Category Archives: Social Justice

No Matter What Happens, There Will Be A 1%

Well, the Title is not totally true. If everyone had exactly the same thing, then there would only be the 100%, which would include everybody. But let’s face it, that’s not ever gonna happen.

Below is an excerpt from this paper, written by someone who imagines just such a world… until it gets interrupted by reality. And that same reality includes those who would rather not have any cool stuff for themselves at all if it meant being faced with the possibility that someone else might end up with more than their “fair share” of cool stuff.

Imagine a society with perfect economic equality. …[N]o one worries about the gap between the rich and poor, and no one debates to what extent public policy should make income redistribution a priority. Because people earn the value of their product, everyone is fully incentivized to provide the efficient amount of effort. The government is still needed [and are funded] with a lump-sum tax. […]The society enjoys not only perfect equality but also perfect efficiency.

Then, one day, this egalitarian utopia is disturbed by an entrepreneur with an idea for a new product. Think of the entrepreneur as Steve Jobs as he develops the iPod, When the entrepreneurs product is introduced, everyone in society wants to buy it. They each part with, say, $100. The transaction is a voluntary exchange, so it must make both the buyer and the seller better off. But because there are many buyers and only one seller, the distribution
of economic well-being is now vastly unequal. The new product makes the entrepreneur much richer than everyone else.

The society now faces a new set of questions: How should the entrepreneurial disturbance in this formerly egalitarian outcome alter public policy? Should public policy remain the same, because the situation was initially acceptable and the entrepreneur improved it for everyone? Or should government policymakers deplore the resulting inequality and use their powers to tax and transfer to spread the gains more equally?



Filed under Economics, Equality, Government, Social Justice

“Words Are Wise Men’s Counters… But They Are The Money Of Fools”

In the post before last I excerpted a passage from “The Road To Serfdom” concerning the redefining of “words”. Below is a short video that builds on that idea.  It also explains how the words “social justice” are “money of fools”.

H/T Right From Yaad.


Also check out this series on social justice:

Part 1

Part 2

Part 3

Part 4

Part 5

Part 6


Filed under Economics, Equality, Harsh Reality, Morality, Politics, Social Justice, Words, Worldview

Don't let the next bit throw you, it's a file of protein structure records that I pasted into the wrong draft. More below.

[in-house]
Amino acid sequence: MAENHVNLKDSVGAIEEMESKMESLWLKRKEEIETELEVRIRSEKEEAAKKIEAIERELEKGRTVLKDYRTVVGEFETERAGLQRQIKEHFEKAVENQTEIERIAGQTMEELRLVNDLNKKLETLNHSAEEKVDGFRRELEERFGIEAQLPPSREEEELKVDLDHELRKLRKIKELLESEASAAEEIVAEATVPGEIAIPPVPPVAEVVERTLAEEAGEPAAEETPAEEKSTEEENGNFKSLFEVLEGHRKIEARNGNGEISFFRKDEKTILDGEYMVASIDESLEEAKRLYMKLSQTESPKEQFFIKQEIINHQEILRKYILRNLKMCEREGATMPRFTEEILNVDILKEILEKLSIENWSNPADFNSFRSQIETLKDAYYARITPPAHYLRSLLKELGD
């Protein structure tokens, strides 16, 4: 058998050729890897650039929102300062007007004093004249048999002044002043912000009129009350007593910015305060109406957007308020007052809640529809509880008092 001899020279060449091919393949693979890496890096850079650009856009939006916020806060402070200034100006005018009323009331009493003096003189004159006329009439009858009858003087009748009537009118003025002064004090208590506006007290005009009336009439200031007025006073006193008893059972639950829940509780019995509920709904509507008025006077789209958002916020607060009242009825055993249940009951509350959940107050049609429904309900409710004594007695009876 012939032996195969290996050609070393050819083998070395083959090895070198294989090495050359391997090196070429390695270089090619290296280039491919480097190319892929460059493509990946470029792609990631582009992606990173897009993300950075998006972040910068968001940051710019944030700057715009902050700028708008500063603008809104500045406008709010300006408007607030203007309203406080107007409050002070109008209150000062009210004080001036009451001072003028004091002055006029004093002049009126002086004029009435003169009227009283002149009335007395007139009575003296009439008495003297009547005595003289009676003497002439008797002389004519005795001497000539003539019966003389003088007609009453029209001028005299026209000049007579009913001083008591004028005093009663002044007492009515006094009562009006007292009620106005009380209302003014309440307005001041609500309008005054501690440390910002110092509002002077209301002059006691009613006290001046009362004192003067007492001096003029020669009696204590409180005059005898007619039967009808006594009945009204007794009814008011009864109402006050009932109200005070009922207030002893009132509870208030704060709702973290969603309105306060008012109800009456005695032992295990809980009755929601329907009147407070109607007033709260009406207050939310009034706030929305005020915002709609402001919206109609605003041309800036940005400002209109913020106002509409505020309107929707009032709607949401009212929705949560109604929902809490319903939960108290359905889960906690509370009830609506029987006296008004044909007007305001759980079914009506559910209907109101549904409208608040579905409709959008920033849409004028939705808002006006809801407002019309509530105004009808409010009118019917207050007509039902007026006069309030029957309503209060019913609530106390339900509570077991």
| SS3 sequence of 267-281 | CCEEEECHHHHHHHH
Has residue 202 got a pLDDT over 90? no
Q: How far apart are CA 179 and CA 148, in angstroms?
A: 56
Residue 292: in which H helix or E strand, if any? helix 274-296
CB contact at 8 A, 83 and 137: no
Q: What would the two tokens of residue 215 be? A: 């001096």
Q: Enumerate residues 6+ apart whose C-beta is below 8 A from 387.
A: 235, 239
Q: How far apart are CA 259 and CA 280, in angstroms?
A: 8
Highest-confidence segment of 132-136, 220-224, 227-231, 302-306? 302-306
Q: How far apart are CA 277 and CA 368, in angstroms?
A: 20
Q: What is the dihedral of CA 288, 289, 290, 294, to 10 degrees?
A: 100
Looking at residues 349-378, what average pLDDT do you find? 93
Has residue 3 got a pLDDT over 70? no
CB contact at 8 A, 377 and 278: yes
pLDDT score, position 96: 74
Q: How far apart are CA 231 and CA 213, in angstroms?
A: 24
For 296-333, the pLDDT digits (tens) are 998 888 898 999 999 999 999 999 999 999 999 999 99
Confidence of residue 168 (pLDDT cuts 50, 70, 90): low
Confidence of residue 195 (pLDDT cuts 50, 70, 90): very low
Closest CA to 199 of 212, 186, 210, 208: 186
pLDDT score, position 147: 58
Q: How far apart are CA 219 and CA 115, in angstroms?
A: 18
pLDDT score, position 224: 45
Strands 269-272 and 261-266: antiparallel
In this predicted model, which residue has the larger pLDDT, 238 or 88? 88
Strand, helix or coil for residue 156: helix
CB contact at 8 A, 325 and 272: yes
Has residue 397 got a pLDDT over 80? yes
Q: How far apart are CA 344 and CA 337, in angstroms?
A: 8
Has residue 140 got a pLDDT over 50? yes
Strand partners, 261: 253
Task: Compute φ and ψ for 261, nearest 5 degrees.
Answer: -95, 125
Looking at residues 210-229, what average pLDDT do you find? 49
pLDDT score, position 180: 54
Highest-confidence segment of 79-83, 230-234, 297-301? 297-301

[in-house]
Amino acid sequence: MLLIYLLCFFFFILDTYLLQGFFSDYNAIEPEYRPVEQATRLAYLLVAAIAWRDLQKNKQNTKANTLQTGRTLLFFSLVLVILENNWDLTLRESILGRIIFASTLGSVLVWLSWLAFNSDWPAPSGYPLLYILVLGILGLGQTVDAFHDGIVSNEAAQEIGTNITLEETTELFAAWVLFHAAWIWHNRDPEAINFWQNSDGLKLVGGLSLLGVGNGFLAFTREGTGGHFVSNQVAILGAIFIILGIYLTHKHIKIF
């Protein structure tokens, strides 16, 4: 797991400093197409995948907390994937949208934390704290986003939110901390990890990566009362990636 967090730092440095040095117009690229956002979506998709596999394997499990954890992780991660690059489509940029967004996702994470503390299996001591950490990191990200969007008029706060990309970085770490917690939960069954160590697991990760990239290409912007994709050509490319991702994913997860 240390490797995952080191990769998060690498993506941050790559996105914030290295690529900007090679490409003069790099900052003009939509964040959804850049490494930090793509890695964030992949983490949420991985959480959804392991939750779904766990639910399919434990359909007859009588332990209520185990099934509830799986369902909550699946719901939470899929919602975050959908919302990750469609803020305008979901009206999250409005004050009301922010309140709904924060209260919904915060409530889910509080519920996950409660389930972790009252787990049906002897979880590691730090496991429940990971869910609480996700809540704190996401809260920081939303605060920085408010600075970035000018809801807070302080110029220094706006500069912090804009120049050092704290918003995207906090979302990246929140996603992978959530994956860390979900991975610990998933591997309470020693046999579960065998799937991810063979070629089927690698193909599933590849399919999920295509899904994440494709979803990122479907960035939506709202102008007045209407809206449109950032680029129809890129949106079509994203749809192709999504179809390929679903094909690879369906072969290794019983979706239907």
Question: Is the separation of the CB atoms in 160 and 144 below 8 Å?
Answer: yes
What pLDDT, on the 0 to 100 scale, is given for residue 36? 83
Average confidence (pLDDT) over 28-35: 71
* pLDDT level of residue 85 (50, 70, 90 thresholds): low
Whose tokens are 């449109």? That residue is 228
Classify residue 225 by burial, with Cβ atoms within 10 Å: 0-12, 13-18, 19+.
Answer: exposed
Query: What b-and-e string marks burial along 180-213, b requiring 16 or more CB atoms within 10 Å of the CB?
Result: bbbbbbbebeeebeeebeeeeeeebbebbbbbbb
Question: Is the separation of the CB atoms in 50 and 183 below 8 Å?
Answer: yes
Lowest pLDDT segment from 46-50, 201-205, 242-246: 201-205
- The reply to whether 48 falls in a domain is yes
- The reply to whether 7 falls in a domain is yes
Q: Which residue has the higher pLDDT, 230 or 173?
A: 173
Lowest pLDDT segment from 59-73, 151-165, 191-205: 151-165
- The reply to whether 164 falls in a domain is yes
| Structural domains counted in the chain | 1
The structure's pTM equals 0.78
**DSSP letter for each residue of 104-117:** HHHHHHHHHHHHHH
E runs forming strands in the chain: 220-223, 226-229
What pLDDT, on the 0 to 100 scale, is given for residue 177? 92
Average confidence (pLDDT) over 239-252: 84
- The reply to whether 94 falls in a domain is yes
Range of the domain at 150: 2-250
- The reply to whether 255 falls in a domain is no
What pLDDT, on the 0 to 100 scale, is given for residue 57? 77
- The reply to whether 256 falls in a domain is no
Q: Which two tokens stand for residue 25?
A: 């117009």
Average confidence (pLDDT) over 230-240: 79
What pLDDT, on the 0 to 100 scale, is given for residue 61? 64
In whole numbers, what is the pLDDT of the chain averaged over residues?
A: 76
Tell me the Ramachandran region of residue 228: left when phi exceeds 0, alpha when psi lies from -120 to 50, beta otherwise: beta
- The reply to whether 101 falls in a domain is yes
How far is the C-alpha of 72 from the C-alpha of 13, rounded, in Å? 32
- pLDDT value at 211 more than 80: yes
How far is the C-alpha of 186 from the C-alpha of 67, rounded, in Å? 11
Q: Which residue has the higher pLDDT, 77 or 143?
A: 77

True Equality, Social Justice part 6

The previous post concerned equal outcomes, which is often confused with equal opportunity. Many times discernment is needed to distinguish between the two “equalities”.

At issue is the wealth disparity that naturally arises in a free society.  This disparity introduces a highly emotional component, with feelings of unfairness.  The fact is however that populations are made up of diverse individuals.  Some will try with varying success, some will try and fail, and some will just go surfing.

Another problem with the notion of “equal opportunity”, some complain, is that all are not born into equal circumstances. The actual circumstances enjoyed by a person, or perhaps overcome, are wwide-ranging and mostly  are out of a given person’s control.  Still,  in recent American history most of these circumstances, mixed with hard work, ethics, motivations and wisdom, (which are free to all) would have landed a person somewhere in what we call today, the middle class.  

But the goal of equal opportunity only seeks to provide equality to whatever circumstances a person brings to the table.  While it grasps that not all begin on equal footing, it also grasps the limitations of mortal man.  In 1961, the satirist Kurt Vonnegut illustrated this dilemma in a short story about a man named  Harrison Bergeron.  Bergeron, so the story goes, had an unfair advantage because he was highly intelligent.  This was unfair so he was forced to wear an earpiece that randomly emitted loud noises to interrupt his thought processes.  

The arts provide another poignant  illustration of outcomes vs. opportunity.  The rock group, Rush, produced a song1 called The Trees 2 in which the maples were upset with the oaks because the oaks hogged all the sunlight. In the end, equal outcome was finally enforced by “hatchet, ax, and saw”.

In the final analysis, this discussion on outcomes vs.opportunity raises an important question for those who judge equality by outcome:  If what one does doesn’t ultimately matter, what does it ultimately matter what one does?


Note 1. “The Trees”